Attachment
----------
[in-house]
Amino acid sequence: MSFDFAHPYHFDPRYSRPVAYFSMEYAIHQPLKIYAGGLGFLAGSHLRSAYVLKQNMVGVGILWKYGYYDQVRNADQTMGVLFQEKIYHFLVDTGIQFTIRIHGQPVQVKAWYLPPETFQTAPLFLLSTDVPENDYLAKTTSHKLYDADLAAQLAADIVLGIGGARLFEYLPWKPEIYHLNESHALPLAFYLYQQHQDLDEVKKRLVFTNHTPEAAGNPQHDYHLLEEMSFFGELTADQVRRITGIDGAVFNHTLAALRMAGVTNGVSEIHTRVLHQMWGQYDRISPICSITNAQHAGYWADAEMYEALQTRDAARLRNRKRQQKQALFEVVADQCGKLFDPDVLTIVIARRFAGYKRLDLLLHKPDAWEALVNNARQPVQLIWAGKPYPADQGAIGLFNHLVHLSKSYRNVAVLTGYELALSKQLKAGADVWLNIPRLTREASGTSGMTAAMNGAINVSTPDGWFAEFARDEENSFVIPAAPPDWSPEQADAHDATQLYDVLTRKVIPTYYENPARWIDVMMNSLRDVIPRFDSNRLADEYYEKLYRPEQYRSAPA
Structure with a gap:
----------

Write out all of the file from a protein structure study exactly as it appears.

[in-house]
Amino acid sequence: MSFDFAHPYHFDPRYSRPVAYFSMEYAIHQPLKIYAGGLGFLAGSHLRSAYVLKQNMVGVGILWKYGYYDQVRNADQTMGVLFQEKIYHFLVDTGIQFTIRIHGQPVQVKAWYLPPETFQTAPLFLLSTDVPENDYLAKTTSHKLYDADLAAQLAADIVLGIGGARLFEYLPWKPEIYHLNESHALPLAFYLYQQHQDLDEVKKRLVFTNHTPEAAGNPQHDYHLLEEMSFFGELTADQVRRITGIDGAVFNHTLAALRMAGVTNGVSEIHTRVLHQMWGQYDRISPICSITNAQHAGYWADAEMYEALQTRDAARLRNRKRQQKQALFEVVADQCGKLFDPDVLTIVIARRFAGYKRLDLLLHKPDAWEALVNNARQPVQLIWAGKPYPADQGAIGLFNHLVHLSKSYRNVAVLTGYELALSKQLKAGADVWLNIPRLTREASGTSGMTAAMNGAINVSTPDGWFAEFARDEENSFVIPAAPPDWSPEQADAHDATQLYDVLTRKVIPTYYENPARWIDVMMNSLRDVIPRFDSNRLADEYYEKLYRPEQYRSAPA
Structure with a gap: